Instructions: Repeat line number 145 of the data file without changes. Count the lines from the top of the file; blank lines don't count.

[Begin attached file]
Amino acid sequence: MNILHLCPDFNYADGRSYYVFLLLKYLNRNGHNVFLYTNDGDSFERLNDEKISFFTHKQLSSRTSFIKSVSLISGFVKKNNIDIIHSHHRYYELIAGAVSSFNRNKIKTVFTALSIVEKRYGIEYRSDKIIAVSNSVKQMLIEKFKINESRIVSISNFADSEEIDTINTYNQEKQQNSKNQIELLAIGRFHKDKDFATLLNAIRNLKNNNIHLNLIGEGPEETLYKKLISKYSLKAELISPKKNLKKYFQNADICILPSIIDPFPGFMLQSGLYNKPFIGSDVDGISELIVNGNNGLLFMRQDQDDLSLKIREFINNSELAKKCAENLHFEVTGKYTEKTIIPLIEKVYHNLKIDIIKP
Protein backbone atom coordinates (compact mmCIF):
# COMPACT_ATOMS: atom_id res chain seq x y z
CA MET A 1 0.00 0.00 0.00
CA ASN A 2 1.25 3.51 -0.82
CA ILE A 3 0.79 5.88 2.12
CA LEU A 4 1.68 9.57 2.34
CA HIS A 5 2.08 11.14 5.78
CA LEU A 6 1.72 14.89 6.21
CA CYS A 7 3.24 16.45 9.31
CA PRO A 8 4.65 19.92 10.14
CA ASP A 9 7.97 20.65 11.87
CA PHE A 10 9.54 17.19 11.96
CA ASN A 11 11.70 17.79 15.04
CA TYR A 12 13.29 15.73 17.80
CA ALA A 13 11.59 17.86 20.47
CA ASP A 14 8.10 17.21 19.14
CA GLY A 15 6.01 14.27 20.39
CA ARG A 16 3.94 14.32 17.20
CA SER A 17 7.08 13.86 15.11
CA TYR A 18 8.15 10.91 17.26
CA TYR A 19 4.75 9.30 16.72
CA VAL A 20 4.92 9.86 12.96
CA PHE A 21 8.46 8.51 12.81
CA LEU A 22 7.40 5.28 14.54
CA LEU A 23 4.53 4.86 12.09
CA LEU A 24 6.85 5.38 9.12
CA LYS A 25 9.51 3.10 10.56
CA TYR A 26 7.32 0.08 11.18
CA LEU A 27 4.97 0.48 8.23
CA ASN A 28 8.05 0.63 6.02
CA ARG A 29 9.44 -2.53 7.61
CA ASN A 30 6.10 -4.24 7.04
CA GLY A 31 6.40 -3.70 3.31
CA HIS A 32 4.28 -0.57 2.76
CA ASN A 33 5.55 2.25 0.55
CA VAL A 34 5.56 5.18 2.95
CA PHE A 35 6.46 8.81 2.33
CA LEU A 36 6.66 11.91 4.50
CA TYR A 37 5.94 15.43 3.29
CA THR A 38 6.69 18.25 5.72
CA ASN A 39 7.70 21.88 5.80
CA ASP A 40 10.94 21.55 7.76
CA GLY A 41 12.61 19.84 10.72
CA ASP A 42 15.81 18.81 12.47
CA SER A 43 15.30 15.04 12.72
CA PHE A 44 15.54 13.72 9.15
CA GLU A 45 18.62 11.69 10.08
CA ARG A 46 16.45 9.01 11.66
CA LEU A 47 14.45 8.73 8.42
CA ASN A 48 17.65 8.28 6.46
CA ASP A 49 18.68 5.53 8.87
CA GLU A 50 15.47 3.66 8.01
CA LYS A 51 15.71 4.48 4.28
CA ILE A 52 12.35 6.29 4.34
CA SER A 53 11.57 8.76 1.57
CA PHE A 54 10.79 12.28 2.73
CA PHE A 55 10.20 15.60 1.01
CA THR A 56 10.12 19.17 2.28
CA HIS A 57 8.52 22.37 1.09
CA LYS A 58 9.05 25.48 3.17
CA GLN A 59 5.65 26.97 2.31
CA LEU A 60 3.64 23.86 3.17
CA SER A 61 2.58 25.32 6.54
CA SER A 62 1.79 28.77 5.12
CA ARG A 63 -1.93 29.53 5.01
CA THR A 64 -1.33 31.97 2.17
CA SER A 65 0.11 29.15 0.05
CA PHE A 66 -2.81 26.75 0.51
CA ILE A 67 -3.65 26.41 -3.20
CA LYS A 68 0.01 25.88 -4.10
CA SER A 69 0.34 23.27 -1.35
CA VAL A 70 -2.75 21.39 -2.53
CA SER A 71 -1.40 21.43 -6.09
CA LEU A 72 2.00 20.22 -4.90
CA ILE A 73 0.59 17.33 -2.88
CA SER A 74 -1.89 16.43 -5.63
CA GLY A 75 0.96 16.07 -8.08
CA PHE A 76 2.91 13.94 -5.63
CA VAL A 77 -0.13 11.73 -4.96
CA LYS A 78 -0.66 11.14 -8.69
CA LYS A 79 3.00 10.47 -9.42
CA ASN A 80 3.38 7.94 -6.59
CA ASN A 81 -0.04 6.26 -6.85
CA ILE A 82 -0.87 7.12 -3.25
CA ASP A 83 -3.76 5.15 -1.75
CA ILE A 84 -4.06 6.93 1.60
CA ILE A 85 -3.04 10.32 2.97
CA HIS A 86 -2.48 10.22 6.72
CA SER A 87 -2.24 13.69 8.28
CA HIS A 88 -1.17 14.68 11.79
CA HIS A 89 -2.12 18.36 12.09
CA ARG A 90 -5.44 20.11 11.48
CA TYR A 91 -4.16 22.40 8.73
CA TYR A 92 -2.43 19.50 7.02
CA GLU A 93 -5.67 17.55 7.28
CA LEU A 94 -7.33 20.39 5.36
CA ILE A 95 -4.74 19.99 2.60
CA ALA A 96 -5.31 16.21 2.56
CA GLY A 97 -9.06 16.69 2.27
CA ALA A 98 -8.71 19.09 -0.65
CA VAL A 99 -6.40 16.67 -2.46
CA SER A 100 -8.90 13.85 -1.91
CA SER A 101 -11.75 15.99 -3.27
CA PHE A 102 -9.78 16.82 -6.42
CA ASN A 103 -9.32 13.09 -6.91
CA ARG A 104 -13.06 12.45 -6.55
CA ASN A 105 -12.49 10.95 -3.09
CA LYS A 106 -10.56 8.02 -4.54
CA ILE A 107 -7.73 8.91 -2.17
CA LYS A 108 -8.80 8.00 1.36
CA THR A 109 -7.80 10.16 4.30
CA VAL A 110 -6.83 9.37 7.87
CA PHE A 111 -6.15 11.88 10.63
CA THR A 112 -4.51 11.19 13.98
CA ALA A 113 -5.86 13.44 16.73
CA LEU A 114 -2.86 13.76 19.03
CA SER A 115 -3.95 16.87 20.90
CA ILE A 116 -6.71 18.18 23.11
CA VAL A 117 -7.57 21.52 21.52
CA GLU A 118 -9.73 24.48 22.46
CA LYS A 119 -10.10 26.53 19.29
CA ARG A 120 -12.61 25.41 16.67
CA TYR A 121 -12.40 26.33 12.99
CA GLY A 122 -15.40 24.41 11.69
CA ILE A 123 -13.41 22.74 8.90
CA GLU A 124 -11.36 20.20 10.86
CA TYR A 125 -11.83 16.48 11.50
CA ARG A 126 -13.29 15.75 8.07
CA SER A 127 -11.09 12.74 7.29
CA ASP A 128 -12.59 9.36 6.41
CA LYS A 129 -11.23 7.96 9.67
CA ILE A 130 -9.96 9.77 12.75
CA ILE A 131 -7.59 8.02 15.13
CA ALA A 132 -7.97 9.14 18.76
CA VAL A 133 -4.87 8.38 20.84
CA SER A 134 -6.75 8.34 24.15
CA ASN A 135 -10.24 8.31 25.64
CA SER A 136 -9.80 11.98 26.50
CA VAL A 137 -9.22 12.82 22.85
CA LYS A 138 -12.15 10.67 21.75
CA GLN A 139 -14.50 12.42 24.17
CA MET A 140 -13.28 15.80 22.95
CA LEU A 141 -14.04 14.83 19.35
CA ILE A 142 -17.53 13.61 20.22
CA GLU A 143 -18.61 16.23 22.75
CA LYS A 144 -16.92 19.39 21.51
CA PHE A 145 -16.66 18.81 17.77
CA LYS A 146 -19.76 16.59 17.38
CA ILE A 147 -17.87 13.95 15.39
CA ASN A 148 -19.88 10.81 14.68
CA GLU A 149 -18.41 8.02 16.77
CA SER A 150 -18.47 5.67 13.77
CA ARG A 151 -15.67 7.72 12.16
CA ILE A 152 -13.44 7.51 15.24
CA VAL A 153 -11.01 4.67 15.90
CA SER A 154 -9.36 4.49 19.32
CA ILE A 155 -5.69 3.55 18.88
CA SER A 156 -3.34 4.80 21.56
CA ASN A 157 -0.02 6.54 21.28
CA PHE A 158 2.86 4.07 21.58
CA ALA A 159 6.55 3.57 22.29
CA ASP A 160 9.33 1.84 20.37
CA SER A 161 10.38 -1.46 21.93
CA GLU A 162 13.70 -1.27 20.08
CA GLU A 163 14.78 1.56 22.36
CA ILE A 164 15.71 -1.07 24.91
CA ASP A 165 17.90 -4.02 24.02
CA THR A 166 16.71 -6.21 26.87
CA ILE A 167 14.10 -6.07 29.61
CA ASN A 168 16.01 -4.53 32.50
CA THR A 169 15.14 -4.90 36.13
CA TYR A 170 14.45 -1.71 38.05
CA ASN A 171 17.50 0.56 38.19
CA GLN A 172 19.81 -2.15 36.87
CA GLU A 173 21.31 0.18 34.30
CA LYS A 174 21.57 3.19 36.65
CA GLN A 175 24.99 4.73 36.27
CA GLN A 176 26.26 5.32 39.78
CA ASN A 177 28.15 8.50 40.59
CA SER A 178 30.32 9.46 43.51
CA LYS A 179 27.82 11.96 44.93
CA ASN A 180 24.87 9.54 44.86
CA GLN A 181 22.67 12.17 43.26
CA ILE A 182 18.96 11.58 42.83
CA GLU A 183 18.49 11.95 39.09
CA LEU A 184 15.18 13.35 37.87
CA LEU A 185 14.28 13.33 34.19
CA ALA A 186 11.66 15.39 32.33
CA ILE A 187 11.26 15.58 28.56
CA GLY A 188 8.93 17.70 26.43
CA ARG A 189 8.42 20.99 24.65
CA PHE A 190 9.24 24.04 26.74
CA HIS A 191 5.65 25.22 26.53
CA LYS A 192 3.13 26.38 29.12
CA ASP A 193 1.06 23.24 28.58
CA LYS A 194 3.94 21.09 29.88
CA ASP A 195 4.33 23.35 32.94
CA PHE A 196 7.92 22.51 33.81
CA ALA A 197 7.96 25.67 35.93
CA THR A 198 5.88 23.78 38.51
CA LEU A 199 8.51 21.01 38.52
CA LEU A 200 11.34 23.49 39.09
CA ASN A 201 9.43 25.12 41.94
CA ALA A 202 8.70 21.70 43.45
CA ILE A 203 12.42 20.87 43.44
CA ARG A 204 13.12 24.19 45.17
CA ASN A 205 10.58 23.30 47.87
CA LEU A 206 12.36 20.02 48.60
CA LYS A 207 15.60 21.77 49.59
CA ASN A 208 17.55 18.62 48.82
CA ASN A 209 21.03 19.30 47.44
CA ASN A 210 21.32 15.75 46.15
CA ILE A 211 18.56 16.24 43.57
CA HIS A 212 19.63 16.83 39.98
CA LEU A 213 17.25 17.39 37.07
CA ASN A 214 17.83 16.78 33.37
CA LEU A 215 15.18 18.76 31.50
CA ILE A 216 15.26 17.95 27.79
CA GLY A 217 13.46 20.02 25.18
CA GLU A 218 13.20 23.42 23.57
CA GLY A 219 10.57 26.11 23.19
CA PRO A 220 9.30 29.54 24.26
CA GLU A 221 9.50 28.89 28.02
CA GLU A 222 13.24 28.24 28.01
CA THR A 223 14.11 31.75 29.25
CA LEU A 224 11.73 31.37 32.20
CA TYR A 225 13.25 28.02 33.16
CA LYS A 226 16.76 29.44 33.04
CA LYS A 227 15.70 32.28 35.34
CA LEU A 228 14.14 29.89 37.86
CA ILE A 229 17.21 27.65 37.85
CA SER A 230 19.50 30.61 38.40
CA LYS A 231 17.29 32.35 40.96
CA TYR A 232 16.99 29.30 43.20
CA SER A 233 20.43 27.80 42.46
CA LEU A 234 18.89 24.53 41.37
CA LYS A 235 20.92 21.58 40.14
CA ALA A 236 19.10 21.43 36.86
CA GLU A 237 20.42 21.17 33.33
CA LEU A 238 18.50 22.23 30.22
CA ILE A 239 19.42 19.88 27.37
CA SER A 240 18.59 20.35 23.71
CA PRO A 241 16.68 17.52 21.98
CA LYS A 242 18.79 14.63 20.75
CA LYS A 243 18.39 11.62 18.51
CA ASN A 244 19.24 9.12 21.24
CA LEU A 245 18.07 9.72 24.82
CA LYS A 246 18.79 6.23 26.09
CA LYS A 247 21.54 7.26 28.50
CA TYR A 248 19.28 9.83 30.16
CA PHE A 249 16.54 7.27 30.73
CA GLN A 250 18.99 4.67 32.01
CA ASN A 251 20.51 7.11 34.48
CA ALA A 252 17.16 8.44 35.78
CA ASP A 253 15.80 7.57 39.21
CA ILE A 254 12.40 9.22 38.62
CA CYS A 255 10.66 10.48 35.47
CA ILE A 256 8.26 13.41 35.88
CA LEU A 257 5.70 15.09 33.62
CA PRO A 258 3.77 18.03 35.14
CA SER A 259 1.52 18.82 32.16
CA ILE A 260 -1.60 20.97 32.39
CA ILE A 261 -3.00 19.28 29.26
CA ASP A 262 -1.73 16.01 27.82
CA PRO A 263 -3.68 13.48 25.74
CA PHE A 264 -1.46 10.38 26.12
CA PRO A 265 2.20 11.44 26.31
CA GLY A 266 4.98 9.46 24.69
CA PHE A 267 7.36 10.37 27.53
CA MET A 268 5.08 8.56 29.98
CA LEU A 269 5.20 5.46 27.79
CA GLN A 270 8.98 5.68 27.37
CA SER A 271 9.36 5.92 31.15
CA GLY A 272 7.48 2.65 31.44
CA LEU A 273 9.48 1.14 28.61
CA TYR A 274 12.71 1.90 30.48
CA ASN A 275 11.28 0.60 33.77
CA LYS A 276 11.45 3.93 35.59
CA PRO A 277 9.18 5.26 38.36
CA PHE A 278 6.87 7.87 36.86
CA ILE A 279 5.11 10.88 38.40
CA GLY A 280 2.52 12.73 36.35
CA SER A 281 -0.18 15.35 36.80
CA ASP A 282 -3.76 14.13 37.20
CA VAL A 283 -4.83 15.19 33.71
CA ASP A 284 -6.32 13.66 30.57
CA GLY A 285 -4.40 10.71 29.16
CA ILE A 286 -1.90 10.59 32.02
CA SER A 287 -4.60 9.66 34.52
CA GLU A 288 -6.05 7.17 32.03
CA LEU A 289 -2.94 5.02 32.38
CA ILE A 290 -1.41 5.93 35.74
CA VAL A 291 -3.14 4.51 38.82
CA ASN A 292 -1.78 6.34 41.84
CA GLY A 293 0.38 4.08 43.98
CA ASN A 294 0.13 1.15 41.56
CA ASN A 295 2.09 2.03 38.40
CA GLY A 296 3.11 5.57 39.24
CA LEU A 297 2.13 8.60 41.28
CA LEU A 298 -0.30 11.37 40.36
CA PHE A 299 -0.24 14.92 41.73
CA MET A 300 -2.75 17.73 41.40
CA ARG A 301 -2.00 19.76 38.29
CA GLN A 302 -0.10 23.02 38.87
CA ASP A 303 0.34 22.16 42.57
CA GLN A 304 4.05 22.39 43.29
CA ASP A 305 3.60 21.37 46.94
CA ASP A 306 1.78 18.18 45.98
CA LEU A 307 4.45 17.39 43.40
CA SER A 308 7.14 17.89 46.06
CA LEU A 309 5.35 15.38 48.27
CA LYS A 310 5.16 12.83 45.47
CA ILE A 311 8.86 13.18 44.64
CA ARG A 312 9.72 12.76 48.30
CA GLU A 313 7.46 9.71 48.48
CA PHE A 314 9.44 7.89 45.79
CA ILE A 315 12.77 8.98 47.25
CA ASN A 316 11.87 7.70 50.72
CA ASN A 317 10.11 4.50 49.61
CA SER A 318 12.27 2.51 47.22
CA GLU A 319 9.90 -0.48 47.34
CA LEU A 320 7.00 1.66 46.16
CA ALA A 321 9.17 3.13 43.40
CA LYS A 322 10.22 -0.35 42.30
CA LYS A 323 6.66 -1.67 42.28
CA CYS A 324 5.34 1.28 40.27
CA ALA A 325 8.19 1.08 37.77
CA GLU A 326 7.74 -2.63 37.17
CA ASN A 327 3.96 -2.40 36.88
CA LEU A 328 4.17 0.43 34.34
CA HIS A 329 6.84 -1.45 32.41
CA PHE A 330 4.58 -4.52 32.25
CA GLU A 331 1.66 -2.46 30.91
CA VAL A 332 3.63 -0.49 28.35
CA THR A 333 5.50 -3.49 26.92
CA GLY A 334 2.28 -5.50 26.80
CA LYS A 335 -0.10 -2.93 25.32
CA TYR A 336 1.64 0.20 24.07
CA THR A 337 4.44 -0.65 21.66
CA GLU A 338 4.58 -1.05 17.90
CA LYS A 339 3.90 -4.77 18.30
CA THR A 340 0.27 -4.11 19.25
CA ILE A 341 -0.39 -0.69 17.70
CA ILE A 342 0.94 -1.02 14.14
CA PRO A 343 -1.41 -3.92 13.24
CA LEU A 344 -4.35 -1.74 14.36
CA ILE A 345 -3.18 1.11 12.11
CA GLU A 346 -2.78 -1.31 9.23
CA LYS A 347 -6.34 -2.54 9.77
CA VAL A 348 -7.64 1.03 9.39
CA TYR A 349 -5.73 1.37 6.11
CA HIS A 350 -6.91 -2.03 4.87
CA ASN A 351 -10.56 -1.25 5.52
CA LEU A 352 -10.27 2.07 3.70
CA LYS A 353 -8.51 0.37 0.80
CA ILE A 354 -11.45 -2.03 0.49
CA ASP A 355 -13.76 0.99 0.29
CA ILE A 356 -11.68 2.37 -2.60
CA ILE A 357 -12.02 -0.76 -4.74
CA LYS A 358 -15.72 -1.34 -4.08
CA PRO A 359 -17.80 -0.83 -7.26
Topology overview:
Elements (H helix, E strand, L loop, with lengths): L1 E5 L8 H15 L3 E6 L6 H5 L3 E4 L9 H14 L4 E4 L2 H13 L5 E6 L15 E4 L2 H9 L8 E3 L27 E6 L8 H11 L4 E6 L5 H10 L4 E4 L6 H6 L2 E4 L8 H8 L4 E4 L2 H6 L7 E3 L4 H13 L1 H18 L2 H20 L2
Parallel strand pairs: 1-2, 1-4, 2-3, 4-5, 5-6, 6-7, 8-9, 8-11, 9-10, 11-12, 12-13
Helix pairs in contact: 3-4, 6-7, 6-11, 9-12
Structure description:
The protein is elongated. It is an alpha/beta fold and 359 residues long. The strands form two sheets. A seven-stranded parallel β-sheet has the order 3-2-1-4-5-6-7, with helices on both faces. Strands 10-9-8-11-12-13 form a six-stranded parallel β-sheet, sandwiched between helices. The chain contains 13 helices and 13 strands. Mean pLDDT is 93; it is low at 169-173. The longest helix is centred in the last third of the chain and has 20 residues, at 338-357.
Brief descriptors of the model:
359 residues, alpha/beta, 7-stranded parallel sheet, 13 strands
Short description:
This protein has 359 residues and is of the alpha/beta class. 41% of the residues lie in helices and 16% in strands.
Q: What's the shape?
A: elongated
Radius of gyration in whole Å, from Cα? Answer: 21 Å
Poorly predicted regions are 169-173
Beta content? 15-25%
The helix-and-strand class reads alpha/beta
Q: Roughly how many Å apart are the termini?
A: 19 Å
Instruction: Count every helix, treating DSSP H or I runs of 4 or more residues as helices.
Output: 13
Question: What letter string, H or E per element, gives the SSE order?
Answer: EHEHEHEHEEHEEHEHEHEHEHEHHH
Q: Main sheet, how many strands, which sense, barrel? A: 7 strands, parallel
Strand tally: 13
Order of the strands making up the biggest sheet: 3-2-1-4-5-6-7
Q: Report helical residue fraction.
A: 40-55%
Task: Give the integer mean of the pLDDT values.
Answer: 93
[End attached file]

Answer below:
CA ILE A 142 -17.53 13.61 20.22